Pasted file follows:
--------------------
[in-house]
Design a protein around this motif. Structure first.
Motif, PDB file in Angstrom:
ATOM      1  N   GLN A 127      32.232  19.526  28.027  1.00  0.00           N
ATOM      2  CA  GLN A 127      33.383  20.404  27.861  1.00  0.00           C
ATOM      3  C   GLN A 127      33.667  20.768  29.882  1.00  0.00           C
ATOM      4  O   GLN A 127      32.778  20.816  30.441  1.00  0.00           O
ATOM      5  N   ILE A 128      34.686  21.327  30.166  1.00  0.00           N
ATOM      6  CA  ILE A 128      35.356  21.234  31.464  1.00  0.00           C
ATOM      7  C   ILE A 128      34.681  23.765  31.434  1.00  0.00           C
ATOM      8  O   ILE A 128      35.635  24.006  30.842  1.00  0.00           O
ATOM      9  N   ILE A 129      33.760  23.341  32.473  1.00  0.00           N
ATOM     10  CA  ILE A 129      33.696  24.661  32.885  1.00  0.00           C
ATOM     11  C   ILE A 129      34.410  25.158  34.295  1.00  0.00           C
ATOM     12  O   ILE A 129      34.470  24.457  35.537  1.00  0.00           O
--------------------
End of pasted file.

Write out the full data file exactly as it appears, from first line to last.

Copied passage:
[in-house]
Design a protein around this motif. Structure first.
Motif, PDB file in Angstrom:
ATOM      1  N   GLN A 127      32.232  19.526  28.027  1.00  0.00           N
ATOM      2  CA  GLN A 127      33.383  20.404  27.861  1.00  0.00           C
ATOM      3  C   GLN A 127      33.667  20.768  29.882  1.00  0.00           C
ATOM      4  O   GLN A 127      32.778  20.816  30.441  1.00  0.00           O
ATOM      5  N   ILE A 128      34.686  21.327  30.166  1.00  0.00           N
ATOM      6  CA  ILE A 128      35.356  21.234  31.464  1.00  0.00           C
ATOM      7  C   ILE A 128      34.681  23.765  31.434  1.00  0.00           C
ATOM      8  O   ILE A 128      35.635  24.006  30.842  1.00  0.00           O
ATOM      9  N   ILE A 129      33.760  23.341  32.473  1.00  0.00           N
ATOM     10  CA  ILE A 129      33.696  24.661  32.885  1.00  0.00           C
ATOM     11  C   ILE A 129      34.410  25.158  34.295  1.00  0.00           C
ATOM     12  O   ILE A 129      34.470  24.457  35.537  1.00  0.00           O